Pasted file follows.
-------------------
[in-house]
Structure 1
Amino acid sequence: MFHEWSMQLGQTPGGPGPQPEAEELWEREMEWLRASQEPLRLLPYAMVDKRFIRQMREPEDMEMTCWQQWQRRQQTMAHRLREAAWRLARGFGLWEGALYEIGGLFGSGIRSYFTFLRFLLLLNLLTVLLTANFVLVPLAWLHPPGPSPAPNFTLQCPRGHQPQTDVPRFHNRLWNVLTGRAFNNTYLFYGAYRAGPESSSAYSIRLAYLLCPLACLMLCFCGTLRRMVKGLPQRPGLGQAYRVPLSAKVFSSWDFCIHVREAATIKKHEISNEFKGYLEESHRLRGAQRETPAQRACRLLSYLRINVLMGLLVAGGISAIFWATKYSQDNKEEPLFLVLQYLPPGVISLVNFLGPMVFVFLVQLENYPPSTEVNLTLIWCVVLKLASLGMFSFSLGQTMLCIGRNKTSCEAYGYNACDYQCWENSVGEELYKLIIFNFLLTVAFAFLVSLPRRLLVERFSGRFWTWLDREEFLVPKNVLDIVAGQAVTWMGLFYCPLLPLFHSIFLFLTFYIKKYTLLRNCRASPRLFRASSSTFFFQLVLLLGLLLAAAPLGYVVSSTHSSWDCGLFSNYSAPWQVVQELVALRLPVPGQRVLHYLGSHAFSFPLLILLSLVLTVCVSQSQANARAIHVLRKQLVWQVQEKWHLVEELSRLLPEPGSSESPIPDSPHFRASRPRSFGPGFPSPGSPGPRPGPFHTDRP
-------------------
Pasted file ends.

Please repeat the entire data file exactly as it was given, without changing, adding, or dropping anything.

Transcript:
[in-house]
Structure 1
Amino acid sequence: MFHEWSMQLGQTPGGPGPQPEAEELWEREMEWLRASQEPLRLLPYAMVDKRFIRQMREPEDMEMTCWQQWQRRQQTMAHRLREAAWRLARGFGLWEGALYEIGGLFGSGIRSYFTFLRFLLLLNLLTVLLTANFVLVPLAWLHPPGPSPAPNFTLQCPRGHQPQTDVPRFHNRLWNVLTGRAFNNTYLFYGAYRAGPESSSAYSIRLAYLLCPLACLMLCFCGTLRRMVKGLPQRPGLGQAYRVPLSAKVFSSWDFCIHVREAATIKKHEISNEFKGYLEESHRLRGAQRETPAQRACRLLSYLRINVLMGLLVAGGISAIFWATKYSQDNKEEPLFLVLQYLPPGVISLVNFLGPMVFVFLVQLENYPPSTEVNLTLIWCVVLKLASLGMFSFSLGQTMLCIGRNKTSCEAYGYNACDYQCWENSVGEELYKLIIFNFLLTVAFAFLVSLPRRLLVERFSGRFWTWLDREEFLVPKNVLDIVAGQAVTWMGLFYCPLLPLFHSIFLFLTFYIKKYTLLRNCRASPRLFRASSSTFFFQLVLLLGLLLAAAPLGYVVSSTHSSWDCGLFSNYSAPWQVVQELVALRLPVPGQRVLHYLGSHAFSFPLLILLSLVLTVCVSQSQANARAIHVLRKQLVWQVQEKWHLVEELSRLLPEPGSSESPIPDSPHFRASRPRSFGPGFPSPGSPGPRPGPFHTDRP